Once the skew-results-response frame has been received, the master can send an establish-transceiver-group (ETG) control frame 626. This request is used by the originating (master) node to elicit responses from the set of transceivers at the recipient (slave) node and also to set the intended link (the set of carriers that will be used to establish communications) at the slave. The request is sent as a replicated frame on all of the carriers that have passed the skew test (e.g. have a relative skew value of 254 or less). The parameter field of the ETG request contains the largest of the skew values determined by the master receivers. The master can also add a pad value in a similar manner as the slave (in sending the skew results response). This value determines the link-control-word to link-control-word spacing that is required for any frame groups that are to be sent by the slave.

In response to the ETG request, the slave sends an ETG response frame 628 (which is replicated on carriers on which the ETG request was received). The master node checks the ETG response to ensure that it has been received on each of the carriers on which the ETG request was sent. If the master node receives the ETG responses an all transceivers of the intended link, the link is established using the carriers designated by the ETG frames. If not, a link can be retried or established using a subset of the carriers comprising those which are operational. In that event, the master sends another skew results request to the slave and the slave again responds with the previously measured skew. Only the maximum skew on the intended link carriers is used to determine the minimum frame spacing.

A flow diagram of an alternative skew test/measurement procedure according to an embodiment of the present invention is illustrated in FIG. 9. Note that ND is Node Descriptor. This procedure enables measurement of skew from either end of the communications link.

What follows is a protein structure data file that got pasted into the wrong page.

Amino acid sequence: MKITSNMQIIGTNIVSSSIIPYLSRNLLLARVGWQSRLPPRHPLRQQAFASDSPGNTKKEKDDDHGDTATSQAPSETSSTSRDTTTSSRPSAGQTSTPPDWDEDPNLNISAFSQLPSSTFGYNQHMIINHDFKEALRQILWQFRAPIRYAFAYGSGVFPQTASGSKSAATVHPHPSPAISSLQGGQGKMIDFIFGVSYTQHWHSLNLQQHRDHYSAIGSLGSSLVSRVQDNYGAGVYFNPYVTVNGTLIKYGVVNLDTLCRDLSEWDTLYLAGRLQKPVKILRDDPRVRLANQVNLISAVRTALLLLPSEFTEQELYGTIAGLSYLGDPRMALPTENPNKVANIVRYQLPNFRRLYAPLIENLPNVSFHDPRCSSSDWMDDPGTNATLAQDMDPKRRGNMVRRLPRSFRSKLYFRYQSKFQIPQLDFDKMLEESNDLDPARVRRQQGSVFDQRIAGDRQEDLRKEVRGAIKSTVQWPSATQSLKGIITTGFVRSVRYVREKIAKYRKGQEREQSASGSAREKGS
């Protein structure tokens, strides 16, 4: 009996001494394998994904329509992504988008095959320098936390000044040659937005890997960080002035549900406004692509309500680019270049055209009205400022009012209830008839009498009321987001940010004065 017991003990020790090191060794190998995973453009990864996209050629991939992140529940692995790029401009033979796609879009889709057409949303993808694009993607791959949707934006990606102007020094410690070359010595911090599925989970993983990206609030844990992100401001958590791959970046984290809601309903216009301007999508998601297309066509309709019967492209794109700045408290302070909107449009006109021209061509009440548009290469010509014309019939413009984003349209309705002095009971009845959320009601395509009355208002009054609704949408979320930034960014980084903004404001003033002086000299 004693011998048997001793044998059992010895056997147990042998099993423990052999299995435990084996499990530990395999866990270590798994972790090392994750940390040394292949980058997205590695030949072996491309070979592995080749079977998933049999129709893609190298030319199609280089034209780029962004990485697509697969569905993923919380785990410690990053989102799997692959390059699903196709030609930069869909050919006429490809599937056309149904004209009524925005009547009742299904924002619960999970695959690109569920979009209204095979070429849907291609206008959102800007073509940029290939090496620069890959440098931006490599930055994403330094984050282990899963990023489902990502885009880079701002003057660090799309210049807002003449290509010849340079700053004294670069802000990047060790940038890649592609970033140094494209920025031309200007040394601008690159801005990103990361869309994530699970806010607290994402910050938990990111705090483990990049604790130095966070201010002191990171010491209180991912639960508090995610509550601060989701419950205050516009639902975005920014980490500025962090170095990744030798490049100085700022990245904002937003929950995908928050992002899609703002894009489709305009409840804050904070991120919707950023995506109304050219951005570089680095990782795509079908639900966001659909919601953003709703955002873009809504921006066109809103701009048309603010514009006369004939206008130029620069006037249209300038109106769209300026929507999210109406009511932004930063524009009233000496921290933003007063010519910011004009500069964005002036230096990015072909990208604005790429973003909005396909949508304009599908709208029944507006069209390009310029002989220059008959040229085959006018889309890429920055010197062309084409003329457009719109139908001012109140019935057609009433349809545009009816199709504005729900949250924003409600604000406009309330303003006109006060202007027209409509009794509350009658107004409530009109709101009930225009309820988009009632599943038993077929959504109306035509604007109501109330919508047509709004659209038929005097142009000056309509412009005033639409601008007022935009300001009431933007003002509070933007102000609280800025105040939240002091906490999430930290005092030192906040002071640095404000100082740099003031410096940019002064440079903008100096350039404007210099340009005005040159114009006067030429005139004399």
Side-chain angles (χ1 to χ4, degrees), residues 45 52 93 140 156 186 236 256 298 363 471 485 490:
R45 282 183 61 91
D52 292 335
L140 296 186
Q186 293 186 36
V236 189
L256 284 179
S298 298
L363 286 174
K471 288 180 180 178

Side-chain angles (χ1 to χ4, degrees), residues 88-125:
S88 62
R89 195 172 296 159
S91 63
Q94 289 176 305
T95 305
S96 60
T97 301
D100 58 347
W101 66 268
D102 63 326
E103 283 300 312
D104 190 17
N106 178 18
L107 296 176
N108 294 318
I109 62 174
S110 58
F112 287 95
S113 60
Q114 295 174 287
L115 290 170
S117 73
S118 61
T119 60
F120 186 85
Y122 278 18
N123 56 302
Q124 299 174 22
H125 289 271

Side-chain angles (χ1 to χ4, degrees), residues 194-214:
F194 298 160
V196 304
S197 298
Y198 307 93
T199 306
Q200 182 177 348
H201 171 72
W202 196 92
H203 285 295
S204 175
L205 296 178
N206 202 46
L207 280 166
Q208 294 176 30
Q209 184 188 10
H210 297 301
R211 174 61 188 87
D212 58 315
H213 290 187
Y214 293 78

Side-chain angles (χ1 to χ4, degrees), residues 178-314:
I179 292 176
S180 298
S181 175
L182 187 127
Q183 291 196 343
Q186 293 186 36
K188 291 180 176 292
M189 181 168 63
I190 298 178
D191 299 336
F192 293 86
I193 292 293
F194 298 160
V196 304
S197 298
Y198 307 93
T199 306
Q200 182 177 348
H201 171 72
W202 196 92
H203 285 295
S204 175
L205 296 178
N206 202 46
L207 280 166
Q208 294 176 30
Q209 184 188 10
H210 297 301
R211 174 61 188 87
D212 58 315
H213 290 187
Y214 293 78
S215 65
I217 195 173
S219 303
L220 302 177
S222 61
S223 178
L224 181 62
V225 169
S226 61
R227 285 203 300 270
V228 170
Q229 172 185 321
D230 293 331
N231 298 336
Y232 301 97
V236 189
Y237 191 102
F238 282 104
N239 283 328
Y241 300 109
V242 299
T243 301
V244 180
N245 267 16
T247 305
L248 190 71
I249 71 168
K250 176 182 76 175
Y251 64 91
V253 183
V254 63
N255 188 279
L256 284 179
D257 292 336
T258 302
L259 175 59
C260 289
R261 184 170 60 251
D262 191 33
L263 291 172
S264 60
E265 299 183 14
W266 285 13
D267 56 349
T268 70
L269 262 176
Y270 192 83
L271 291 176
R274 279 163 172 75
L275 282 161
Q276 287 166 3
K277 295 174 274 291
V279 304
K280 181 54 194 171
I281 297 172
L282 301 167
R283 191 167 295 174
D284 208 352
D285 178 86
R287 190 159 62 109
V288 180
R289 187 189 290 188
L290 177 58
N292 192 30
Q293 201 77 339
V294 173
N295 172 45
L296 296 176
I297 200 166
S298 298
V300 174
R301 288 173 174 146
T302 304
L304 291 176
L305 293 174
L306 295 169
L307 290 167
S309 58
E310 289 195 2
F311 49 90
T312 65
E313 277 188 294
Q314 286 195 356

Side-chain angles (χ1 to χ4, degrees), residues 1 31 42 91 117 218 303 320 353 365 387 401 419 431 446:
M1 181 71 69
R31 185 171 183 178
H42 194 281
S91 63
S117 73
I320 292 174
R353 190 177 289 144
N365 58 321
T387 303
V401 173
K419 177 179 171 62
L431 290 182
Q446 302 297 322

When skew measurements are to be performed, a transceiver may send a skew-measure-request (SMR) control frame 906 (or a replicated SMR control frame) out on the link. By replicated, it is meant that an identical copy of a given frame (e.g. the SMR frame)is transmitted on each carrier within a 2.5 word time transmit window. The skew-measure-request frame includes a link control word identifying it as an SMR. Only the node that is the master may send out a skew measure request. The master may be determined by being the node with the higher address (i.e. controls the skew measurement procedure) and the node with the lower address becomes the slave, or may be assigned by design conventions.

The first time that a skew-measure-request frame is received by any one of the receivers of the slave receiver unit (and the master slave relationship is established), the slave receiver unit places itself into a skew measurement mode (thereby causing its internal logic to respond as described below), resets its skew counter value to zero, and sets the skew register 594 to a predetermined initial value (e.g. 255). It should be understood, however, that another initial value could alternatively be chosen based on actual experience with a given system. The slave node then sends back a replicated skew-measure-response control frame 908. This frame indicates to the master that the slave is ready to begin the skew measurement procedure.

When the master unit sends the first skew-measure-request frame, the master receiver unit also places itself into skew measurement mode, resets its own skew counter to zero, loads its skew register 594 with an initial value (e.g. 255) and sends out the first replicated skew-measure-request (SMR) control frame 910.